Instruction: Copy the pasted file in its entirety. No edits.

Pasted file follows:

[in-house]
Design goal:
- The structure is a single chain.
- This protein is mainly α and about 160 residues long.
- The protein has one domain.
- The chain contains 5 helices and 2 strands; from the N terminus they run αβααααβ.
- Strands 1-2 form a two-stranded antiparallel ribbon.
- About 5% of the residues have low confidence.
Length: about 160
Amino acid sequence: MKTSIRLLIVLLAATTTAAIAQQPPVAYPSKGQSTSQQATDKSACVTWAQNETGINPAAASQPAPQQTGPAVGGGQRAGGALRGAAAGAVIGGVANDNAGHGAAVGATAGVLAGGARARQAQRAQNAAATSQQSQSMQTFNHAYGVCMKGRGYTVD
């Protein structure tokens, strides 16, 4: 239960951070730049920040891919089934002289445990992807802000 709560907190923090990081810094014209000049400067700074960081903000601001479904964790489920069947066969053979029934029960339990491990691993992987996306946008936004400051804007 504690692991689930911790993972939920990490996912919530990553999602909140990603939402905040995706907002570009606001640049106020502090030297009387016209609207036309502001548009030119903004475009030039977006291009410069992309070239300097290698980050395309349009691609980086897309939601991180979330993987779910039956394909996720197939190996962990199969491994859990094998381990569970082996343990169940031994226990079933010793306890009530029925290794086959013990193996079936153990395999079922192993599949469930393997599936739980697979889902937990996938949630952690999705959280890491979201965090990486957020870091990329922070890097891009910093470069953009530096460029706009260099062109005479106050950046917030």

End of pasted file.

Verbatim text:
[in-house]
Design goal:
- The structure is a single chain.
- This protein is mainly α and about 160 residues long.
- The protein has one domain.
- The chain contains 5 helices and 2 strands; from the N terminus they run αβααααβ.
- Strands 1-2 form a two-stranded antiparallel ribbon.
- About 5% of the residues have low confidence.
Length: about 160
Amino acid sequence: MKTSIRLLIVLLAATTTAAIAQQPPVAYPSKGQSTSQQATDKSACVTWAQNETGINPAAASQPAPQQTGPAVGGGQRAGGALRGAAAGAVIGGVANDNAGHGAAVGATAGVLAGGARARQAQRAQNAAATSQQSQSMQTFNHAYGVCMKGRGYTVD
């Protein structure tokens, strides 16, 4: 239960951070730049920040891919089934002289445990992807802000 709560907190923090990081810094014209000049400067700074960081903000601001479904964790489920069947066969053979029934029960339990491990691993992987996306946008936004400051804007 504690692991689930911790993972939920990490996912919530990553999602909140990603939402905040995706907002570009606001640049106020502090030297009387016209609207036309502001548009030119903004475009030039977006291009410069992309070239300097290698980050395309349009691609980086897309939601991180979330993987779910039956394909996720197939190996962990199969491994859990094998381990569970082996343990169940031994226990079933010793306890009530029925290794086959013990193996079936153990395999079922192993599949469930393997599936739980697979889902937990996938949630952690999705959280890491979201965090990486957020870091990329922070890097891009910093470069953009530096460029706009260099062109005479106050950046917030």